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Everyday ELLA ideas for reading

When you read with your child often, good things happen. You are close together, looking at the same thing. Your child will hear many new words and phrases. You can ask each other questions about the book and talk about what is happening in the story. That is not all.

  • Books can surprise us.
  • Books can help us learn about other cultures and experiences.
  • Books can help us to understand others.
  • Books can change the way we see ourselves.
  • Books can help us learn to include others.

Some questions for you to ask your child

Who wrote the book?

What is the author’s and the illustrator’s culture and background?

Does the author have experience of what and who they are writing about?

Is the story interesting?

Do you want to keep reading the book?

Is your child interested?

Are the pictures engaging?

Does the book show respect for all people?

When was the book written?

Are the words and pictures used suitable?

Do the messages about society seem to be biased, or are they factual?

Will this book help your child to show respect for people from a range of cultures and backgrounds?

Are the characters believable?

Does the story show real emotions?

Can your child relate to the characters?

Is the story appropriate for the age of your child?

Does your child understand the story?

Do you feel comfortable talking about the story?

What is the book’s message?

Find a cosy spot and enjoy a book together.

Books that open children’s minds to new cultures and experiences

My two blankets

By Irena Kobald; Freya Blackwood, illustrator

Published by Houghton Mifflin Harcourt

A girl tells the story of her move to Australia with her aunt. At first, everything feels strange. Her only comfort is her blanket. When she meets another child who teaches her new words, she creates a new blanket. Austrian-born author Irena Kobald teaches Aboriginal children in the desert regions of the Northern Territory.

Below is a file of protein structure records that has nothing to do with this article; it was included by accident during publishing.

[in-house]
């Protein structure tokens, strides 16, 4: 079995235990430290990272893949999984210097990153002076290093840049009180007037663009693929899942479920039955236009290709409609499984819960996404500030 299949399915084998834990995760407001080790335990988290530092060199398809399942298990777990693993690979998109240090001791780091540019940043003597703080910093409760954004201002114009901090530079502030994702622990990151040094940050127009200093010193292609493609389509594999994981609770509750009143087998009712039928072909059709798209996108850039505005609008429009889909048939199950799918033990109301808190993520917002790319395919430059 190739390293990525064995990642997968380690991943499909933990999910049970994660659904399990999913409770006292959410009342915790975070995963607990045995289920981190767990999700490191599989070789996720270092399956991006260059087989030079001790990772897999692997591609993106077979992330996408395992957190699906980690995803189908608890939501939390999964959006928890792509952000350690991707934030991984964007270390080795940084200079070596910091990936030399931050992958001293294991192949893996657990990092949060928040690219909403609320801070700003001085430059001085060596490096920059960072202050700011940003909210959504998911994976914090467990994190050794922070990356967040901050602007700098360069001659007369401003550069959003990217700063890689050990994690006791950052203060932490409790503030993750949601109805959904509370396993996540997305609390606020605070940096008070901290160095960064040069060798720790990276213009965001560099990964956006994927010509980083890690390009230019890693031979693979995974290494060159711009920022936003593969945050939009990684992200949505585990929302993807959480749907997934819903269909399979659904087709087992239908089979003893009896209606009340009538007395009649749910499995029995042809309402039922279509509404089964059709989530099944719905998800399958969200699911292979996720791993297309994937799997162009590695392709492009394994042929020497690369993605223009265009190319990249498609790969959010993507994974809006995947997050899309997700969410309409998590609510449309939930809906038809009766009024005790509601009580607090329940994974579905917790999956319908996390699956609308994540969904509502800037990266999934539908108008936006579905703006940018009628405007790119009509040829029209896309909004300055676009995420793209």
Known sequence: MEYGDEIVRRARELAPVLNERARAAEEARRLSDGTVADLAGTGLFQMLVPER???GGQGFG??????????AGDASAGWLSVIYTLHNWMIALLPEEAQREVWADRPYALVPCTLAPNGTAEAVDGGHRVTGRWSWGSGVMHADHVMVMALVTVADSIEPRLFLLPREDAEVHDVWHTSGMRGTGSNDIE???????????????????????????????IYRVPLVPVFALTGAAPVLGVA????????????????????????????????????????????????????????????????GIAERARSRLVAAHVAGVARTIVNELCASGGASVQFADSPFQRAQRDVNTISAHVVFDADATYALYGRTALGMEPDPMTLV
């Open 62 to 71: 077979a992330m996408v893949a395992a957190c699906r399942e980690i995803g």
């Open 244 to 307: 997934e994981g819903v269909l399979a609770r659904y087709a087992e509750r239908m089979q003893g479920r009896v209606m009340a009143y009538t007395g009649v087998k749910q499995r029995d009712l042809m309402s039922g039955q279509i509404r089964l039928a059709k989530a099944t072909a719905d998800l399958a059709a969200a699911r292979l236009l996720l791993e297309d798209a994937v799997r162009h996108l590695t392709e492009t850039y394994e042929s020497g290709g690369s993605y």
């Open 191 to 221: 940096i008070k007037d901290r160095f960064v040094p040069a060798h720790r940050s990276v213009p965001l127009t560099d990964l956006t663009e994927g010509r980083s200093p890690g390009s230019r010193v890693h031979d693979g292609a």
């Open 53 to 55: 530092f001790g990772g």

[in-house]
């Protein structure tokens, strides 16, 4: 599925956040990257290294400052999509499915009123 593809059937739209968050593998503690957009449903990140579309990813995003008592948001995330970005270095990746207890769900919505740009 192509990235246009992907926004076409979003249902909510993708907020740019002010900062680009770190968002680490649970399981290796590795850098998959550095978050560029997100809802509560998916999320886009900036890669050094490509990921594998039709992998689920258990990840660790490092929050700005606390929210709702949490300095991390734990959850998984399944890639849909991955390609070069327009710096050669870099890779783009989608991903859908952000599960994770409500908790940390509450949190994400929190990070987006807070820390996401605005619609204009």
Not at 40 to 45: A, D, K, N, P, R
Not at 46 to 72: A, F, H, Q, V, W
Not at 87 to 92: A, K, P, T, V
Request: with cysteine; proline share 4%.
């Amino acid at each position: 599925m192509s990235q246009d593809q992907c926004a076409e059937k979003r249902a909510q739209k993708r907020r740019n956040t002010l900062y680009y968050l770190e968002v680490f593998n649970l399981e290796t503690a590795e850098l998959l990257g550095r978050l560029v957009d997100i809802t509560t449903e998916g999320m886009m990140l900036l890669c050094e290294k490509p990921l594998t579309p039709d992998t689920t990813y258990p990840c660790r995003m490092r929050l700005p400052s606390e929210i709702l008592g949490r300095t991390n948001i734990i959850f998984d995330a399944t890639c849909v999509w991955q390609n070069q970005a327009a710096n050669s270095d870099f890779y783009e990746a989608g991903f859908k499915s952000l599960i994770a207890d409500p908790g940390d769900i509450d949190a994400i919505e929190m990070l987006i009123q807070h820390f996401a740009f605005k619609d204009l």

Talk about: welcoming others, feeling at home.

The sandwich swap

By Rania Al-Abdullah with Kelly DiPucchio; Tricia Tusa, illustrator

Published by Disney Publishing Worldwide

A story from Queen Rania’s childhood. Two best friends let differences come between them. Then they find a way to come together again. Rania Al-Abdullah, born in Kuwait to Palestinian parents, is the queen consort of Jordan.

Talk about: friendship and feelings, points of view.

The patchwork bike

Maxine Beneba Clarke; Van T Rudd, illustrator

Published by Candlewick Press

A wonderful, energetic story of brothers who build their own bike. The boys don’t have much to work with. Maxine Beneba Clarke is an award-winning Australian author of Afro-Caribbean heritage.

Talk about: culture, family, recycling, sense of place.

Wide big world

Maxine Beneba Clarke; Isobel Knowes, illustrator

Published by Hatchette Australia

At kinder the children begin to notice differences. Their teacher talks to them about the wonder of the world. Maxine Beneba Clarke is an award-winning Australian author of Afro-Caribbean heritage.

Talk about: difference in appearance.

Suki’s kimono

Chieri Uegaki; Stéphane Jorisch, illustrator

Published by Kids Can Press

A joyful story. Suki wants to wear her kimono on her first day of school. Her enthusiasm shows how wonderful it is to be yourself. Chieri Uegaki is a Canadian author of Japanese heritage.

Talk about: Japanese culture, self-respect, family values.

Whoever you are

Mem Fox; Leslie Staub, illustrator

Published by Houghton Mifflin Trade and Reference Publishers

This book speaks gently, and straight to the ‘little one’ who is holding the book. It will help your child understand that whoever, wherever and how children live in the world, ‘inside, their hearts’ are just the same. Mem Fox was born in Melbourne but grew up in Africa. She now lives in Adelaide.

Talk about: feeling, differences.

Same, same but different

Jenny Sue Kostecki-Shaw

Published by Henry Holt and Company

The story of two boys who become pen pals. They look at the similarities and differences of their lives. Jenny Sue Kostecki-Shaw lives in the mountains of northern New Mexico. She learned to employ the phrase ‘Same, same but different’ while travelling through Nepal and India.

Talk about: different countries


Angela May George; Owen Swan, illustrator

Published by Scholastic Australia

The sensitive story of a child and mother beginning their new life in Australia. Australian author Angela May George was inspired to write this book by a story that was told to her by her mother, a teacher of refuees.

Talk about: why people flee, challenges, change.

Copyright statement

ELLA is funded by the Australian Government Department of Education, Skills and Employment and is managed by Education Services Australia. © 2021 Commonwealth of Australia, unless otherwise indicated. This material, other than Commonwealth trade marks in The Polyglots characters and The Polyglots logo, may be used in accordance with the Creative Commons BY-NC 4.0 licence, unless otherwise indicated.